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Should Infant and Follow-on Formula Continue to Contain Arachidonic Acid in the Future?

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Should Infant and Follow-on Formula Continue to Contain Arachidonic Acid in the Future?

Should Infant and Follow-on Formula Continue to Contain Arachidonic Acid in the Future?
November 14
11:59 2019

From February 2020 onwards, new standards for infant and follow-on formulae will be in effect in the European Union (Commission Delegated Regulation 2016/127). They stipulate the obligatory addition of the omega-3 fatty acid docosahexaenoic acid (DHA) at concentrations 2-3 times higher than typically found in human milk and in DHA containing infant formula used during the last 2 decades. However, there is no obligation to add the omega-6 fatty acid arachidonic acid, which is also always provided with human breast milk.

Major concerns haven been raised on this novel composition of formula for infants stipulated by the EU legislation, because suitability and safety has not been established in clinical studies. Therefore, the non-profit Child Health Foundation (www.kindergesundheit.de), in co-operation with the European Academy of Paediatrics (www.eapaediatrics.eu), held a scientific workshop with international paediatricians and researchers competent in this area as well as representatives of parent organizations to explore the issues that arise here. The conclusions and recommendations have now been published in a leading international scientific journal (see below).

The experts stress that human breast milk is the first choice for feeding infants, and it is also the reference that guides composition of bottle feeds. In contrast to the formula composition proposed by the new EU legislation, breast milk always provides both DHA and arachidonic acid, with mean arachidonic acid levels being higher (0.5% of fat) than those of DHA (0.3%). In the infant, these complex fats are deposited in relatively large amounts in the growing brain and in immune cells. Controlled clinical studies compared effects of infant formulas with different contents of these fats. Formula with high DHA but low arachidonic acid concentrations induced attenuated results of child development tests up to the age of 9 years, and it also reduced brain arachidonic acid contents in infant primates.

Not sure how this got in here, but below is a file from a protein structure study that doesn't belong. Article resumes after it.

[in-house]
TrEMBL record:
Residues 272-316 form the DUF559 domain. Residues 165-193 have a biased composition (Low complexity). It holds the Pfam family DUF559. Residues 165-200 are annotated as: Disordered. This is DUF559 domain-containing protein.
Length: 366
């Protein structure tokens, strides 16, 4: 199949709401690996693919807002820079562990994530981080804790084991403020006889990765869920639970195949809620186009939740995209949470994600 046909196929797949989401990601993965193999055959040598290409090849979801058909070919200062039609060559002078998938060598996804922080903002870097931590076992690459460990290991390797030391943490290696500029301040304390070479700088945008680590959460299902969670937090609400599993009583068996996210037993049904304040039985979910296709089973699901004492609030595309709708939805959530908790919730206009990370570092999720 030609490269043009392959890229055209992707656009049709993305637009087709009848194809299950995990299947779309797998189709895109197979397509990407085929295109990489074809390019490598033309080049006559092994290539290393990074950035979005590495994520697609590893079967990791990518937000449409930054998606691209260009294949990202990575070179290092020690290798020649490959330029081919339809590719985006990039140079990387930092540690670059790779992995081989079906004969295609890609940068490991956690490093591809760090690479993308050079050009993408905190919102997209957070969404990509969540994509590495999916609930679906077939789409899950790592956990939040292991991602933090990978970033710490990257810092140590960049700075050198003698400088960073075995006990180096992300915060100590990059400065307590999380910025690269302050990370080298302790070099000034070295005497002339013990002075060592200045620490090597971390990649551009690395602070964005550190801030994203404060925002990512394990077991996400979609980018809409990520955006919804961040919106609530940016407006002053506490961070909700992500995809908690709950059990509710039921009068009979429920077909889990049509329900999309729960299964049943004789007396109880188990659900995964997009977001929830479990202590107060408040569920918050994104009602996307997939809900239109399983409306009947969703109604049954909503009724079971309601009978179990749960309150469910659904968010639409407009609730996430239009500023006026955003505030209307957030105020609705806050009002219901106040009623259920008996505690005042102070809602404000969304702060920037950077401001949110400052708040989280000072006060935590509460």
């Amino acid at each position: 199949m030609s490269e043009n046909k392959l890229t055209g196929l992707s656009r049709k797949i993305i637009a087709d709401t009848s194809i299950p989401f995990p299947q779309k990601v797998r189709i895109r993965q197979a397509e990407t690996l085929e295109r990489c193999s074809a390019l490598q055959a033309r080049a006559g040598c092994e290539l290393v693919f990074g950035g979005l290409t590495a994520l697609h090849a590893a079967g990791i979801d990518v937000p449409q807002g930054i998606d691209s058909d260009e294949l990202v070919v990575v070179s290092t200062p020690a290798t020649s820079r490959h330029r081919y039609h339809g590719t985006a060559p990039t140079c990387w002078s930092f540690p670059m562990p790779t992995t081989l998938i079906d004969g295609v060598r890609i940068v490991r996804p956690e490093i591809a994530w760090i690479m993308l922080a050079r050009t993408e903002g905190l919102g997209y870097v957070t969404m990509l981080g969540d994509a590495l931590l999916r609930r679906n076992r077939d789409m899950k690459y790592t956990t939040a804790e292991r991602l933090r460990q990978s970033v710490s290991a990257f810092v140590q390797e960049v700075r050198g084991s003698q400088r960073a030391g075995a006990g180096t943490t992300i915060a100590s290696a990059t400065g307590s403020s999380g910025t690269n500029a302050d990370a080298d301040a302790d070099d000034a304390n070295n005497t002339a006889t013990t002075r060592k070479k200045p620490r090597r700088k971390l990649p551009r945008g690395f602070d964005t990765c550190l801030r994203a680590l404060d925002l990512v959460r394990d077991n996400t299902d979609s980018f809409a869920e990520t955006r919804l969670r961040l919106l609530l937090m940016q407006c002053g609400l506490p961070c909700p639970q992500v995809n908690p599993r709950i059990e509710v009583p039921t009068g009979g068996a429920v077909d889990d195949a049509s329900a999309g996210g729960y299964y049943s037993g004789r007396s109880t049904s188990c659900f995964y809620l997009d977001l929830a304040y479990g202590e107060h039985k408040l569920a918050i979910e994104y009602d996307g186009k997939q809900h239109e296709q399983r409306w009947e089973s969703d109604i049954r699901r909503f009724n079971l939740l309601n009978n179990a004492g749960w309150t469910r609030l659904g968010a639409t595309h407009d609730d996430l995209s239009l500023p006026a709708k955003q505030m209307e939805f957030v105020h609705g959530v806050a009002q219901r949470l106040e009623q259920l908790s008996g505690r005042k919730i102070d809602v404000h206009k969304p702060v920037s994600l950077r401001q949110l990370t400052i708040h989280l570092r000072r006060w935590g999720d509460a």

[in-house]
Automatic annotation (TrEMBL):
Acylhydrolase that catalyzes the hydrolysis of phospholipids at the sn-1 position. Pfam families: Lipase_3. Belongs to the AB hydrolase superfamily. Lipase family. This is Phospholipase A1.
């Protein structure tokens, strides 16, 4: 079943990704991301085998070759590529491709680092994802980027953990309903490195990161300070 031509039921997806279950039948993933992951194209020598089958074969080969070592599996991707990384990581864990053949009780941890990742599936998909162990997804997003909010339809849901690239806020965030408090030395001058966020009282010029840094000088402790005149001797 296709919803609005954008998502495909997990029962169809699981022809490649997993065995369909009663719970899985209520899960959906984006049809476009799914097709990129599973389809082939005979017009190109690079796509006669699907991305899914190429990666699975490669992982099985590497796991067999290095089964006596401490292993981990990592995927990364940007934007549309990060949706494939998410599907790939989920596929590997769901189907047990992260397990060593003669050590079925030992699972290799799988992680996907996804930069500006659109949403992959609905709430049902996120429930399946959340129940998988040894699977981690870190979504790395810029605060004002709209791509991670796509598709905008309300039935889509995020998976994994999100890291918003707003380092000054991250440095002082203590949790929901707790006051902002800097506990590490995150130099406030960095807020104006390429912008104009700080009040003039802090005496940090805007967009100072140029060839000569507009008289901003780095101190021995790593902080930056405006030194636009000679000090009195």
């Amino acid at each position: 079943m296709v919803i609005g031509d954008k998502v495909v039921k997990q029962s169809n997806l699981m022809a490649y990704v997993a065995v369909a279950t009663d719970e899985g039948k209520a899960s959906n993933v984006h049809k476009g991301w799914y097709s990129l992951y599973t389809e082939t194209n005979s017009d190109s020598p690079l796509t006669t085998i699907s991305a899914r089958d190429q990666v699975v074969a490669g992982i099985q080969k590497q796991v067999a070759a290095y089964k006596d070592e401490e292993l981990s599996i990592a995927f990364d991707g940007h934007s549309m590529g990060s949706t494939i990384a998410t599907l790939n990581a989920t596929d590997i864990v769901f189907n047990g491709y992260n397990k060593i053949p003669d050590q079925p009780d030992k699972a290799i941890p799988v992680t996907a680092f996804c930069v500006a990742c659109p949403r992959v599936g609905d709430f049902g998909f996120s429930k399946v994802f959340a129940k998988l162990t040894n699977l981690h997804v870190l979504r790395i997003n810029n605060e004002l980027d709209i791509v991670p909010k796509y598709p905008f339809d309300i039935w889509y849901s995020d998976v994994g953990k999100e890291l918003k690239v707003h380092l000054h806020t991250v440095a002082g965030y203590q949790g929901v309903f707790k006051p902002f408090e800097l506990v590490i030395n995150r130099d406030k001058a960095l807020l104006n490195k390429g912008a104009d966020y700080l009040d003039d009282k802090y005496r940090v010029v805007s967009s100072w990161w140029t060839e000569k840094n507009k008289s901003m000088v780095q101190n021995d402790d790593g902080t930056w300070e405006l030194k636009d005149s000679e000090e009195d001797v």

Therefore, the experts criticize the new European regulation for infant formula. They strongly recommend providing infants, who are not or not fully breastfed, with infant formula that supplies both DHA and arachidonic acid, with at least the same amount of arachidonic acid as of DHA. Formulas with such a composition more similar to human milk have been shown to be suitable and safe in numerous studies and have been widely used for more than 20 years.

Berthold Koletzko, Karin Bergmann, J. Thomas Brenna, Philip C. Calder, Cristina Campoy, M. Tom Clandinin, John Colombo, Mandy Daly, Tamás Descsi, Hans Demmelmair, Magnus Domellöf, Nataša Fidler Mis, Ines Gonzalez-Casanova, Johannes B van Goudoever, Adamos Hadjipanayis, Olle Hernell, Alexandre Lapillonne, Silke Mader, Camilia R. Martin, Valerie Matthäus, Usha Ramakrishan, Cornelius M. Smuts, Sean JJ Strain, Conny Tanjung, Patrick Tounian, Susan E. Carlson, on behalf of the European Academy of Pediatrics and the Child Health Foundation. Should formula for infants provide arachidonic acid along with docosahexaenoic acid? A position paper of the European Academy of Pediatrics and the Child Health Foundation. American Journal of Clinical Nutrition 2019, doi.org/10.1093/ajcn/nqz252; published 26 October 2019.


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